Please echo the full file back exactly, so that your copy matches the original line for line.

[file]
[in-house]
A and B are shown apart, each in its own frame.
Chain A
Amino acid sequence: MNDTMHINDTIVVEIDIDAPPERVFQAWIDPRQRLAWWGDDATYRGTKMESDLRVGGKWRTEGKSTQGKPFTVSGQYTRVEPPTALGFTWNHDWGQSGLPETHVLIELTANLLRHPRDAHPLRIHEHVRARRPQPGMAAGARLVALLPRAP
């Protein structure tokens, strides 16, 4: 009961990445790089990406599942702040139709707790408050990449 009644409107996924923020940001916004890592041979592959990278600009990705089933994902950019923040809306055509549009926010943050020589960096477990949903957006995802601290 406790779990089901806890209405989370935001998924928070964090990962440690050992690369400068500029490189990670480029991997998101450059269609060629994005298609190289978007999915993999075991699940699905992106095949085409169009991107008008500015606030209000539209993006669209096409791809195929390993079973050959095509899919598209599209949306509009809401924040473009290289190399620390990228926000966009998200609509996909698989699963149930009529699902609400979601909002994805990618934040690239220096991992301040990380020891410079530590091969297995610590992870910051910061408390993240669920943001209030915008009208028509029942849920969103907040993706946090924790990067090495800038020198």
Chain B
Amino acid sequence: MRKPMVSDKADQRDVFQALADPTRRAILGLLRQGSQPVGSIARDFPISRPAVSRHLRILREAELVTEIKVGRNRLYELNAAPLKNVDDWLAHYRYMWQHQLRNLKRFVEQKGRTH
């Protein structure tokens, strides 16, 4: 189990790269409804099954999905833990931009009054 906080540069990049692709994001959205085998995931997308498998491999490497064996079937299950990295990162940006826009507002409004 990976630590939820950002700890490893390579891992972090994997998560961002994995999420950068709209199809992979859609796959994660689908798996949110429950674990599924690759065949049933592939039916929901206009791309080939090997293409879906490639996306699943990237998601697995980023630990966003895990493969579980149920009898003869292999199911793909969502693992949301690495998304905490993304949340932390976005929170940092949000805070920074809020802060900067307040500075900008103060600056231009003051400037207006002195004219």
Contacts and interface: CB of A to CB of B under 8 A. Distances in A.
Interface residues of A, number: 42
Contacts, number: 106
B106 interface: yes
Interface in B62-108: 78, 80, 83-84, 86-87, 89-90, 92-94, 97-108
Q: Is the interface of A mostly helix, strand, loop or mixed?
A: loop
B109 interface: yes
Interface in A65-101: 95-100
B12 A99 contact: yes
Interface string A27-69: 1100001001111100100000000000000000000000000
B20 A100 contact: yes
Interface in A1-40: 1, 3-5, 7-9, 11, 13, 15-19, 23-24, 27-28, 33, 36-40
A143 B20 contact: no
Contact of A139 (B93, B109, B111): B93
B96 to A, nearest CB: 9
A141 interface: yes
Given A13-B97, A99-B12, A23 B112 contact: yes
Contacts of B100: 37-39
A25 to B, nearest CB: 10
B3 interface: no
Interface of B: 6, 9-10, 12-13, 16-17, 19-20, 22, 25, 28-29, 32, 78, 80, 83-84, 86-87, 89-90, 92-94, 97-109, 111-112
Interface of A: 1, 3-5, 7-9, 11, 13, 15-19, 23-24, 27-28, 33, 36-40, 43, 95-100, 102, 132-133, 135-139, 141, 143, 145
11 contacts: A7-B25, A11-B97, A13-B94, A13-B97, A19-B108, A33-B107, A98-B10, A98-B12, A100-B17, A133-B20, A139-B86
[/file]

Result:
[in-house]
A and B are shown apart, each in its own frame.
Chain A
Amino acid sequence: MNDTMHINDTIVVEIDIDAPPERVFQAWIDPRQRLAWWGDDATYRGTKMESDLRVGGKWRTEGKSTQGKPFTVSGQYTRVEPPTALGFTWNHDWGQSGLPETHVLIELTANLLRHPRDAHPLRIHEHVRARRPQPGMAAGARLVALLPRAP
């Protein structure tokens, strides 16, 4: 009961990445790089990406599942702040139709707790408050990449 009644409107996924923020940001916004890592041979592959990278600009990705089933994902950019923040809306055509549009926010943050020589960096477990949903957006995802601290 406790779990089901806890209405989370935001998924928070964090990962440690050992690369400068500029490189990670480029991997998101450059269609060629994005298609190289978007999915993999075991699940699905992106095949085409169009991107008008500015606030209000539209993006669209096409791809195929390993079973050959095509899919598209599209949306509009809401924040473009290289190399620390990228926000966009998200609509996909698989699963149930009529699902609400979601909002994805990618934040690239220096991992301040990380020891410079530590091969297995610590992870910051910061408390993240669920943001209030915008009208028509029942849920969103907040993706946090924790990067090495800038020198």
Chain B
Amino acid sequence: MRKPMVSDKADQRDVFQALADPTRRAILGLLRQGSQPVGSIARDFPISRPAVSRHLRILREAELVTEIKVGRNRLYELNAAPLKNVDDWLAHYRYMWQHQLRNLKRFVEQKGRTH
């Protein structure tokens, strides 16, 4: 189990790269409804099954999905833990931009009054 906080540069990049692709994001959205085998995931997308498998491999490497064996079937299950990295990162940006826009507002409004 990976630590939820950002700890490893390579891992972090994997998560961002994995999420950068709209199809992979859609796959994660689908798996949110429950674990599924690759065949049933592939039916929901206009791309080939090997293409879906490639996306699943990237998601697995980023630990966003895990493969579980149920009898003869292999199911793909969502693992949301690495998304905490993304949340932390976005929170940092949000805070920074809020802060900067307040500075900008103060600056231009003051400037207006002195004219």
Contacts and interface: CB of A to CB of B under 8 A. Distances in A.
Interface residues of A, number: 42
Contacts, number: 106
B106 interface: yes
Interface in B62-108: 78, 80, 83-84, 86-87, 89-90, 92-94, 97-108
Q: Is the interface of A mostly helix, strand, loop or mixed?
A: loop
B109 interface: yes
Interface in A65-101: 95-100
B12 A99 contact: yes
Interface string A27-69: 1100001001111100100000000000000000000000000
B20 A100 contact: yes
Interface in A1-40: 1, 3-5, 7-9, 11, 13, 15-19, 23-24, 27-28, 33, 36-40
A143 B20 contact: no
Contact of A139 (B93, B109, B111): B93
B96 to A, nearest CB: 9
A141 interface: yes
Given A13-B97, A99-B12, A23 B112 contact: yes
Contacts of B100: 37-39
A25 to B, nearest CB: 10
B3 interface: no
Interface of B: 6, 9-10, 12-13, 16-17, 19-20, 22, 25, 28-29, 32, 78, 80, 83-84, 86-87, 89-90, 92-94, 97-109, 111-112
Interface of A: 1, 3-5, 7-9, 11, 13, 15-19, 23-24, 27-28, 33, 36-40, 43, 95-100, 102, 132-133, 135-139, 141, 143, 145
11 contacts: A7-B25, A11-B97, A13-B94, A13-B97, A19-B108, A33-B107, A98-B10, A98-B12, A100-B17, A133-B20, A139-B86